I noticed that godaddy does block some wordpress plugins because of various reasons. https://nl.godaddy.com/help/blacklisted-plugins-8964?ci=97106 My biggest question is how do they do this? Anyone got a clue? Also any other tips to improve wordpress sites on cpanel?
Looks like it’s (only) for their managed Wordpress offerings, they probably blacklisted the plugins in the code itself?
They also mention
and if we detect them installed on your account, they will be removed., so they are probably scanning the wp-plugins folder for those plugins as well.
My kimsufi got infected because of a shit WordPress plugin. I stopped using WordPress because of that. GoDaddy sucks but that’s a decent safety precaution.
No correct its only for there wordpress hosting, But since im hosting some wordpress sites aswell, and already got a few people hacked because of bad plugins, im looking todo something like that aswel… Just block the unsupported plugins
While not really on the topic of blocking plugins, there are some things you can do:
- Litespeed’s cPanel allows you to have a WAF that can drop or throttle brute force traffic on Wordpress login pages
- Litespeed’s cPanel lets you mass install and update LS Cache. Also lets you know if they’re already using another caching plugin.
- I don’t use them currently, but I’m sure there’s some Modsecurity vendors (maybe through CXS) that can add more WAF rules for keeping down Wordpress abuse
Seems they block all common caching plugins. That’s stupid
They’re probably using their own. It makes sense.
We want people to use our provided caching plugin (LS Cache) because the web server (Litespeed) has features that can work directly with the plugin for improved caching and reduced load. That’s better than using another PHP level cache.
Correct. Any managed WP platform will have their own deeply integrated caching solution, and using a third party plugin is likely to break that.
Litespeed sounds pretty cool, right now I’m use nginx as cache en then Apache with mod security. And the comodo rules. Cxs any good rules?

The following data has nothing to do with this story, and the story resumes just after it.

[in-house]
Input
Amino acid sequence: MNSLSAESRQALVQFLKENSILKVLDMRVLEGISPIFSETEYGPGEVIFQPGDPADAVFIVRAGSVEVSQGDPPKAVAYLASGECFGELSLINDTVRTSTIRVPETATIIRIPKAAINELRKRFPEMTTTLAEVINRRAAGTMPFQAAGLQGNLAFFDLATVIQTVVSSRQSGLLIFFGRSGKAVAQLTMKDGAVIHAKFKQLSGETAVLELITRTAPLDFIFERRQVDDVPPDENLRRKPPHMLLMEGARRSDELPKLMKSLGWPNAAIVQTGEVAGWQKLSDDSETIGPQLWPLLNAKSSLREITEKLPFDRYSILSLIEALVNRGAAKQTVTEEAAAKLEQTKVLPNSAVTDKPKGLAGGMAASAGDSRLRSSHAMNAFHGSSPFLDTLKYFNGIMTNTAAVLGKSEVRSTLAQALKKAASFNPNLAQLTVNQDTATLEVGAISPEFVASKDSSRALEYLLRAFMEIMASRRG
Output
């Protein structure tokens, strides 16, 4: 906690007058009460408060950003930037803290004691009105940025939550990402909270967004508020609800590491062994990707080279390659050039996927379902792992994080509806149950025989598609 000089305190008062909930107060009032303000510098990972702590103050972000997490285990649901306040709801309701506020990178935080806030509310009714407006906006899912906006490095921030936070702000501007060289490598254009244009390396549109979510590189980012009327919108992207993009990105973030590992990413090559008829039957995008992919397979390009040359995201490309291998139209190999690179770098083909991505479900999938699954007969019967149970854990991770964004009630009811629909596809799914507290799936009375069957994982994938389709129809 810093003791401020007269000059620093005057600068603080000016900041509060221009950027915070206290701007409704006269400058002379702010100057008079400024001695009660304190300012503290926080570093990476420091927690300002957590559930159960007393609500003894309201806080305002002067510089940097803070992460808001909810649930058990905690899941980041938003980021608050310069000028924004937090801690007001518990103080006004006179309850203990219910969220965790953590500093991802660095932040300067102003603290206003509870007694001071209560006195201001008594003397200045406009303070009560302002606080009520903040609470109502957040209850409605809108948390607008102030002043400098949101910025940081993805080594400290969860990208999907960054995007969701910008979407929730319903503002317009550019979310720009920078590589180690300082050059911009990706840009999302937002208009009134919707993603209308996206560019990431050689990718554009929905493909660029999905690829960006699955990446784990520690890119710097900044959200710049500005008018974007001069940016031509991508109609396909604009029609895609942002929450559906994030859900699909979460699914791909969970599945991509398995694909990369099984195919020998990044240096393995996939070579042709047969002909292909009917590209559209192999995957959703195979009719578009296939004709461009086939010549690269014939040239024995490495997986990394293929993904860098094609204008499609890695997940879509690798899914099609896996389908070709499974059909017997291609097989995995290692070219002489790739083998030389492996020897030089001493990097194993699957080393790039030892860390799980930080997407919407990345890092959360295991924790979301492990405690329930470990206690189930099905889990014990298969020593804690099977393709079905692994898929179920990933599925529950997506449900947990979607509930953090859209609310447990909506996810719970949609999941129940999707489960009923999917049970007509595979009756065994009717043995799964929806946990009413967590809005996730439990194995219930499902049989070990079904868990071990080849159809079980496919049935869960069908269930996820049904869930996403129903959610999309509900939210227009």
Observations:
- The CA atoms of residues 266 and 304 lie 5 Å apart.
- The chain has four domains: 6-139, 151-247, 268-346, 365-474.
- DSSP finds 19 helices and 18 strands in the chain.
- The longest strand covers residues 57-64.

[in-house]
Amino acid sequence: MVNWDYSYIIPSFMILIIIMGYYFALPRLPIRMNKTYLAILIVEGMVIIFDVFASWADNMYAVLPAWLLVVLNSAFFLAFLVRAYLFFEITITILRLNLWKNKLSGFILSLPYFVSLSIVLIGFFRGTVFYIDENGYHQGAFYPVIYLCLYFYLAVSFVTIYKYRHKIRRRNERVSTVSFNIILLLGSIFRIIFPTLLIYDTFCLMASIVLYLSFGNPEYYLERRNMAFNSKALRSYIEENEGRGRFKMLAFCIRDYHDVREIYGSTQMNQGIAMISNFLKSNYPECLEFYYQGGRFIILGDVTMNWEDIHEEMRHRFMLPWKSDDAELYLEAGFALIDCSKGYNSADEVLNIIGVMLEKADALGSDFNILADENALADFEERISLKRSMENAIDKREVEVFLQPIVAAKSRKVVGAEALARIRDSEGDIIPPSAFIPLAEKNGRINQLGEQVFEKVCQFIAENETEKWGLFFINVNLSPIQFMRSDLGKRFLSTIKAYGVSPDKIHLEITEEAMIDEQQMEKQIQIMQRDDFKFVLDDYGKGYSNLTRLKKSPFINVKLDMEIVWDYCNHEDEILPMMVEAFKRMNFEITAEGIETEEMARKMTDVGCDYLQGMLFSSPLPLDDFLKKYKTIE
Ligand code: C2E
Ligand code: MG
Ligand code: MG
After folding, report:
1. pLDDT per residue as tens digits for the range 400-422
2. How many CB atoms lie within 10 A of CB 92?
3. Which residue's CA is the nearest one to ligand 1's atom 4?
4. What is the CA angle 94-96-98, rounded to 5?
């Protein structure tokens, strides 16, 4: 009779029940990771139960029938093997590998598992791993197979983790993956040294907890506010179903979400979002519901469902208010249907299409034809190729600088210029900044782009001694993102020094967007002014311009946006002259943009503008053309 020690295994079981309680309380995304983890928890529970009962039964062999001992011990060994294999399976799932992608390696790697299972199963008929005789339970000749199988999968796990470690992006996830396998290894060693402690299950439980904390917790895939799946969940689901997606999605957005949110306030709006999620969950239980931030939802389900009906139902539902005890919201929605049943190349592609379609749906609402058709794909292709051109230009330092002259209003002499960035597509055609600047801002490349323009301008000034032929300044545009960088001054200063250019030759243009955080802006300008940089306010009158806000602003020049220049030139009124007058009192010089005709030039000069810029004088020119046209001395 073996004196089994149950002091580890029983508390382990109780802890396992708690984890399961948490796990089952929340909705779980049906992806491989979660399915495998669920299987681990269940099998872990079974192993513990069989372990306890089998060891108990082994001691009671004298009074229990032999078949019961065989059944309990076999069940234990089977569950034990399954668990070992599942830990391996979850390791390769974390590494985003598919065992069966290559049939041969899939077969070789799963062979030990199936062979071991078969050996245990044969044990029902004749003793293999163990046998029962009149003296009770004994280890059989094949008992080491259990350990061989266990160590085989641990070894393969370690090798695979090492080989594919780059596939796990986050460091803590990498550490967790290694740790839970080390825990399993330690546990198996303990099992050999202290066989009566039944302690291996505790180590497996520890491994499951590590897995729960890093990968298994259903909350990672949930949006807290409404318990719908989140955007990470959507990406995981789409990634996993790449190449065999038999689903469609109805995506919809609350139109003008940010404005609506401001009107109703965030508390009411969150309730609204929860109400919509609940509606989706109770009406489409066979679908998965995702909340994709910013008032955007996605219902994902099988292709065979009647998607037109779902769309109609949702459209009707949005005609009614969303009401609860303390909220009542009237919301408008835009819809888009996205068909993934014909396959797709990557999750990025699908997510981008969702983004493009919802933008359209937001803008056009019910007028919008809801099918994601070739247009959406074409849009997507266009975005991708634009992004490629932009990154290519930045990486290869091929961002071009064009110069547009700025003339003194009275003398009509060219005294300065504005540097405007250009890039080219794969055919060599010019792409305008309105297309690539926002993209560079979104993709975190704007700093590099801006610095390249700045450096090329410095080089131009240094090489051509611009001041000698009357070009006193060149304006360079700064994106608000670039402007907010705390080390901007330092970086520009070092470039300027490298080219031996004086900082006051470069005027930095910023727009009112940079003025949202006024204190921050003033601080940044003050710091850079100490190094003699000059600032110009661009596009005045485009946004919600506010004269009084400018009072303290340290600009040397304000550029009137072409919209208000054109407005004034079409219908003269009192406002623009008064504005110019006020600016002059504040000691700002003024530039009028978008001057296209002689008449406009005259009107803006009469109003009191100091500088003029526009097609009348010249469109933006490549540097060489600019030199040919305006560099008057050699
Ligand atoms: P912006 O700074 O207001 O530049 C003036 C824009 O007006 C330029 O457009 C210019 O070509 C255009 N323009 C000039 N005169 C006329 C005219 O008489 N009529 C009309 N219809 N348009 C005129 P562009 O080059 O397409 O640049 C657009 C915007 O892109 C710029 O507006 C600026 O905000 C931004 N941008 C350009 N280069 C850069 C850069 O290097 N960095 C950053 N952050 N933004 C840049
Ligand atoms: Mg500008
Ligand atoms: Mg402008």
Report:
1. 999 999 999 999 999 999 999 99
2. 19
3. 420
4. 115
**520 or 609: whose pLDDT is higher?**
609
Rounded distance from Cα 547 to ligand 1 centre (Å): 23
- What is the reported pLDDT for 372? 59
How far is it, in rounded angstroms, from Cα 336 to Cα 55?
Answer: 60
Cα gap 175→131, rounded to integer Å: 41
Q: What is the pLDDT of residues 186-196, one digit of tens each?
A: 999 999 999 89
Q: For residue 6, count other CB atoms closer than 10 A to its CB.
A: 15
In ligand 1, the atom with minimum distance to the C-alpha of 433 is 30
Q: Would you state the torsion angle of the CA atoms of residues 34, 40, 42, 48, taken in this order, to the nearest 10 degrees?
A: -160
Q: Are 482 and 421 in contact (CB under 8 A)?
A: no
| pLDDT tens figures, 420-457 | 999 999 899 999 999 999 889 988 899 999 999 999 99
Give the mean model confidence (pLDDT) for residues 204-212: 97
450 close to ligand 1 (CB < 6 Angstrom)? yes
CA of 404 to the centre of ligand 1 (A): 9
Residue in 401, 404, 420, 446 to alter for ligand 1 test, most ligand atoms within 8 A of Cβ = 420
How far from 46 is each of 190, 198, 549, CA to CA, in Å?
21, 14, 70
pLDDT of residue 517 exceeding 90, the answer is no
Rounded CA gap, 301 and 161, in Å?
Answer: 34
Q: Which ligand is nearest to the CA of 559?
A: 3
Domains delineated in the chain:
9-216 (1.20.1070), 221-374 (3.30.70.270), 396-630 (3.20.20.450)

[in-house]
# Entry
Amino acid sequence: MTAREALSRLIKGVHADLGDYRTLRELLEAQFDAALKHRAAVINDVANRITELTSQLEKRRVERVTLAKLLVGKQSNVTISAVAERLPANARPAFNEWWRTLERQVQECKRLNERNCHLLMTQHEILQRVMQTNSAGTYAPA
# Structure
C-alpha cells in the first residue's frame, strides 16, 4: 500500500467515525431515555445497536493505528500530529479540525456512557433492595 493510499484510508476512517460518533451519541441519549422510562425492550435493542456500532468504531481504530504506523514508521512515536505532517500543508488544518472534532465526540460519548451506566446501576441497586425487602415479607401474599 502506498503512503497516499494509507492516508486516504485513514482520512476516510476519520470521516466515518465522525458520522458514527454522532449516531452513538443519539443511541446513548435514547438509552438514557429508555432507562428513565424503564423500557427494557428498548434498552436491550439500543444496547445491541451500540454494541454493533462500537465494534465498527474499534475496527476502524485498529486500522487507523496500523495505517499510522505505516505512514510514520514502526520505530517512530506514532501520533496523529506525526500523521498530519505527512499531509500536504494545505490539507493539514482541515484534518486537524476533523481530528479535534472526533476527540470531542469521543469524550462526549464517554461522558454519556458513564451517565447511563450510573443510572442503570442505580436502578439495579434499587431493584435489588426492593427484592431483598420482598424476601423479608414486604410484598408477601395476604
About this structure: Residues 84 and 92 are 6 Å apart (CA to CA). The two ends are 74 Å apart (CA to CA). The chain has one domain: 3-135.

Litespeed is The Shit, check my related thread :
Nice. Never tried LiteSpeed, always defaulted to nginx. Might give it a whirl and see, but I do like how easy nginx is to config for vhosts and the like.
I am planning on getting a server and install cPanel + Litespeed. LSCache is awesome. If anyone wants to give it a try let me know.
Which plugin? I try to use only the most popular ones to avoid this from happening (or at least minimize the odds)
With wordpress plugins, the danger is in the automatic “minor version updates”
Better to do manual updates to major versions instead of bleeding edge.
You must have not really needed WP. Getting rid of WP for most people because of “shit WordPress plugin” is not the solution. I try to minimize the use of plugins, and only use widely known plugins with a significant user base.
On shared host if a neigbor gets infected from a bad plugin, that’s always a concern, but not common. I do frequent backups, and have spare servers (different host) ready to go if there’s a problem. For now WordPress is the sweet spot for some of the work I do.
@Ympker Avoid “premium” hacked plugins from usenet, torrent sites etc. That’s the source of most “shit” plugins. I follow the same rules as choosing Android apps. Stick to plugins with frequent updates, which support the current release of WordPress. Also, perhaps the most important attributue, they should have a significant user base.
Truthfully it’s been a couple years since I had the problem so I don’t remember which one was the bad apple.
I don’t use “hacked”/leaked versions of premium plugins. When I said hacked I meant hackable. As in “codeable”. There is a certain config file in the official plugin.zip where the max. file size is defined. All you have to do is change the value to a greater one. Done.
I wasn’t accusing anyone here of using hacked plugins, but I think this is a cause of many of the problems I read about on shared hosts.
Here’s a list of poorly coded/vulnerable plugins. I can’t find anything that I’ve used on the list, and have no idea how accurate it is:
Should’ve linked this instead of some random page: https://wpvulndb.com
Note that 99%+ vulnerabilities can be mitigated by shoving a WAF in front. Even some pretty basic rules are enough to block blatant SQLi and other injections, path traversal, etc…